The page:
SUGT1 controls susceptibility to HIV-1 infection by stabilizing microtubule plus-ends
David M. Ojcius: 0000-0003-1461-4495
Cell Death and Differentiation
© 2020, The Author(s), under exclusive licence to ADMC Associazione Differenziamento e Morte Cellulare. Understanding the viral–host cell interface during HIV-1 infection is a prerequisite for the development of innovative antiviral therapies. Here we show that the suppressor of G2 allele of skp1 (SUGT1) is a permissive factor for human immunodeficiency virus (HIV)-1 infection. Expression of SUGT1 increases in infected cells on human brain sections and in permissive host cells. We found that SUGT1 determines the permissiveness to infection of lymphocytes and macrophages by modulating the nuclear import of the viral genome. More importantly, SUGT1 stabilizes the microtubule plus-ends (+MTs) of host cells (through the modulation of microtubule acetylation and the formation of end-binding protein 1 (EB1) comets). This effect on microtubules favors HIV-1 retrograde trafficking and replication. SUGT1 depletion impairs the replication of HIV-1 patient primary isolates and mutant virus that is resistant to raltegravir antiretroviral agent. Altogether our results identify SUGT1 as a cellular factor involved in the post-entry steps of HIV-1 infection that may be targeted for new therapeutic approaches.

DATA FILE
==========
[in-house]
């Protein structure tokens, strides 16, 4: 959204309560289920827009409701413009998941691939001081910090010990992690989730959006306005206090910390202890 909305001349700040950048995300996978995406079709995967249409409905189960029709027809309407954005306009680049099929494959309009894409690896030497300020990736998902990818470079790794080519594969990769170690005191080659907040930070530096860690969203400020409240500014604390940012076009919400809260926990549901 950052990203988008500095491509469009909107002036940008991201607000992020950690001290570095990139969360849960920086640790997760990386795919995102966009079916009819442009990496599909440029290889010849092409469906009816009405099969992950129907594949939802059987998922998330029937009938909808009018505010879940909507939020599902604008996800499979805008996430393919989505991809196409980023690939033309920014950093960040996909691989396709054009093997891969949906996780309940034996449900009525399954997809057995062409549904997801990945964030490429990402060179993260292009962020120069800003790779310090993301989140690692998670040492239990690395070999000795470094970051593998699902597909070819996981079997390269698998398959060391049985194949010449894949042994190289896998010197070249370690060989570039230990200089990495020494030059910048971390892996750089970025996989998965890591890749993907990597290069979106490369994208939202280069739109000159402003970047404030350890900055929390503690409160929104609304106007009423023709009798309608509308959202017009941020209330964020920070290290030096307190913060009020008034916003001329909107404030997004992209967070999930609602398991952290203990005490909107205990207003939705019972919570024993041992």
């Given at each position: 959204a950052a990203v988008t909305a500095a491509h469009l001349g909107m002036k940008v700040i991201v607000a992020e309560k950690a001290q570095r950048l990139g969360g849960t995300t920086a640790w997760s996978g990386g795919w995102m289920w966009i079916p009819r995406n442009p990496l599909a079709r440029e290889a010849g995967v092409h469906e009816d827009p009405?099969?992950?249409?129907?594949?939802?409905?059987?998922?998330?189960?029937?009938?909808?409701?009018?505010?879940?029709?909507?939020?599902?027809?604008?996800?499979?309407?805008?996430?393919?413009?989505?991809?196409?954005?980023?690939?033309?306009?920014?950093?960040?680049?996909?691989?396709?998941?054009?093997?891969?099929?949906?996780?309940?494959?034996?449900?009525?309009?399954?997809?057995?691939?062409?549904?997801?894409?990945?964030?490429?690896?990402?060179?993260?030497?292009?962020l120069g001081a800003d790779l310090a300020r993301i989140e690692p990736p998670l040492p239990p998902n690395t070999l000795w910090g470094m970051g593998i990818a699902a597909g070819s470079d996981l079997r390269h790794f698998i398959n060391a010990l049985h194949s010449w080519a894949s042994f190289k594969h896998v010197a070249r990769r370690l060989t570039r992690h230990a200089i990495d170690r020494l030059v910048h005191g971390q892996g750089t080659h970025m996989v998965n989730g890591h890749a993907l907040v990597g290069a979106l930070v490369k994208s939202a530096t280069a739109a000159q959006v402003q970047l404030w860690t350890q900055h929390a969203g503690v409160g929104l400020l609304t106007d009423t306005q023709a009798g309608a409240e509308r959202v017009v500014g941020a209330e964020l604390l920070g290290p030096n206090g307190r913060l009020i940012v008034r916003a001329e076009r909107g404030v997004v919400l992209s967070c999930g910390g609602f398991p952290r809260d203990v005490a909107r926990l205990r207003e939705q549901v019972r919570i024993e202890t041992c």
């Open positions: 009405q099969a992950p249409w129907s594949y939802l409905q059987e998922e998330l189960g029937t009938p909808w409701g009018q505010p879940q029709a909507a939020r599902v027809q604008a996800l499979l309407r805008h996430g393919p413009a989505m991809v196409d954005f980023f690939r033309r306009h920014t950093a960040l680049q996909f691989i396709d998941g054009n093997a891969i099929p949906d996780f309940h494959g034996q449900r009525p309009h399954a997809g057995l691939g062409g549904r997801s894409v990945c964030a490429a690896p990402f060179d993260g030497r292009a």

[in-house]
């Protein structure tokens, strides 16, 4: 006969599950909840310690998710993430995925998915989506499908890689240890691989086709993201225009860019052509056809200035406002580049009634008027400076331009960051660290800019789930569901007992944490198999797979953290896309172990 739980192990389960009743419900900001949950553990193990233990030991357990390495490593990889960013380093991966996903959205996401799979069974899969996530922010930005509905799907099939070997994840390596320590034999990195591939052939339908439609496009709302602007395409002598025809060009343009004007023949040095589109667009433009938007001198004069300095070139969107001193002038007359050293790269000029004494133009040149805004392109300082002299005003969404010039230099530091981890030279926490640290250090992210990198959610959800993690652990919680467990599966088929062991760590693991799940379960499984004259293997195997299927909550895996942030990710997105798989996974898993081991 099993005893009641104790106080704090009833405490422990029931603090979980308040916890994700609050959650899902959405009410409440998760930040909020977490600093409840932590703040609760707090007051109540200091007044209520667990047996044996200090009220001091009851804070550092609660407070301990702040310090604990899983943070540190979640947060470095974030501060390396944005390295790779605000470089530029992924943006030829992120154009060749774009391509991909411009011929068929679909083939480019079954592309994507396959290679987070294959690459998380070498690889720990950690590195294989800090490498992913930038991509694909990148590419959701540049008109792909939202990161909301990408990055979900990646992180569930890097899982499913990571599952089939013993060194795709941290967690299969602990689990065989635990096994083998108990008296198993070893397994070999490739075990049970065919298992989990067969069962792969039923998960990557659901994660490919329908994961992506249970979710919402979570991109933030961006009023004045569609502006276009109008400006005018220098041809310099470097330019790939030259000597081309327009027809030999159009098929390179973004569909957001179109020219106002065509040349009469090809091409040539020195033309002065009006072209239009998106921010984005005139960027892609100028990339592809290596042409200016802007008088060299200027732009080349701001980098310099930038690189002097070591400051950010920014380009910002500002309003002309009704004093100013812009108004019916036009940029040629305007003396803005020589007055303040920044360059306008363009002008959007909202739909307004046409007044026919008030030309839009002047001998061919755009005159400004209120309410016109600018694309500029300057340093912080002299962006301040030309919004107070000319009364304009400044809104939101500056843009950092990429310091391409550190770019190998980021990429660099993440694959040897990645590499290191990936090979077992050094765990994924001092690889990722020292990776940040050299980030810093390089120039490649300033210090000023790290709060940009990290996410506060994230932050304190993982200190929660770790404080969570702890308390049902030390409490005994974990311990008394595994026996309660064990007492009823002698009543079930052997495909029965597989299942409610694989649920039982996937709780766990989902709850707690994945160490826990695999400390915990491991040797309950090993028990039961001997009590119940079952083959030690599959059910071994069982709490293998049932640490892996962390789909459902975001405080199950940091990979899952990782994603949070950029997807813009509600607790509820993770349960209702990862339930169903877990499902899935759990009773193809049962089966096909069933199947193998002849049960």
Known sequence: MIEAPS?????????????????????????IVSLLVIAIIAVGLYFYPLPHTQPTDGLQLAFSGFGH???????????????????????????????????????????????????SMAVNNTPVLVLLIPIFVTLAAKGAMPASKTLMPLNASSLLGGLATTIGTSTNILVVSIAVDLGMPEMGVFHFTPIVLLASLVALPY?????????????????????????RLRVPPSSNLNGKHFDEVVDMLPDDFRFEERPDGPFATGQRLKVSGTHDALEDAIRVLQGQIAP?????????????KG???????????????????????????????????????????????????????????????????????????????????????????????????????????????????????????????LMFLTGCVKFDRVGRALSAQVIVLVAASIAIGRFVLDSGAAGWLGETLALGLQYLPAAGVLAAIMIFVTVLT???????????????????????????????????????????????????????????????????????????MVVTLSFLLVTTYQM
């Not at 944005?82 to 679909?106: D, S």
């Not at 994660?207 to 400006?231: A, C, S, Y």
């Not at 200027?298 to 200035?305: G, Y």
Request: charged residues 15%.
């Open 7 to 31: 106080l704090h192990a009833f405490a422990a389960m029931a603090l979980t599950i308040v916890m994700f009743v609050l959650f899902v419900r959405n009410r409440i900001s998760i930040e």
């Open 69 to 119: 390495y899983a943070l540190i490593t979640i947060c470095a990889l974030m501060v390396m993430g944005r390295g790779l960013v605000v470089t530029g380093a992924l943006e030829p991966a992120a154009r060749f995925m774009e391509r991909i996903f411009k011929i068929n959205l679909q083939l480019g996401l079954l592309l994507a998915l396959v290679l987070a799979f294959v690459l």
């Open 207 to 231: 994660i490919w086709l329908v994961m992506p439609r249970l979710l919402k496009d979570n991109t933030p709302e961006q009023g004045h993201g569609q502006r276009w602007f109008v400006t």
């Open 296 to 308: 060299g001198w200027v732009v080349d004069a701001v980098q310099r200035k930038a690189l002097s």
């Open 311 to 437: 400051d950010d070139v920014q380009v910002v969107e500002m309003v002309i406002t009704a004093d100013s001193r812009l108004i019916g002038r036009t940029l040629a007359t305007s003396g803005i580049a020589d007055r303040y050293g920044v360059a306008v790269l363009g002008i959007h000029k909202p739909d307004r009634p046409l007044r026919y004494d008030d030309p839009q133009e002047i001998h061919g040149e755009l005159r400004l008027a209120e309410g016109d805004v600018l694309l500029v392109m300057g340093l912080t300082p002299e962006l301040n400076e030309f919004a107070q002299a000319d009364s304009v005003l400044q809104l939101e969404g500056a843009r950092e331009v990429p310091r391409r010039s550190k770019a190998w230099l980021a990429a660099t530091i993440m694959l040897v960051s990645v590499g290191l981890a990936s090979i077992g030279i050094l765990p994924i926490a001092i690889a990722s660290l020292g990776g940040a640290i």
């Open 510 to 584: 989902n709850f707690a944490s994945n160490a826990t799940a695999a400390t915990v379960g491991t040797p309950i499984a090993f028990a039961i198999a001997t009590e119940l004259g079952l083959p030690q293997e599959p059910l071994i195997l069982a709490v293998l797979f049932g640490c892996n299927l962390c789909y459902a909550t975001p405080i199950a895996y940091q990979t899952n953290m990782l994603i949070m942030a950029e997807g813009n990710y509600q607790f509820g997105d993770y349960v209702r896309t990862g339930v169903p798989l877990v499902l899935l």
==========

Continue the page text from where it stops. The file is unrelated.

Di Primio, C.,
Ojcius, D. M.,
SUGT1 controls susceptibility to HIV-1 infection by stabilizing microtubule plus-ends.
Cell Death and Differentiation, ,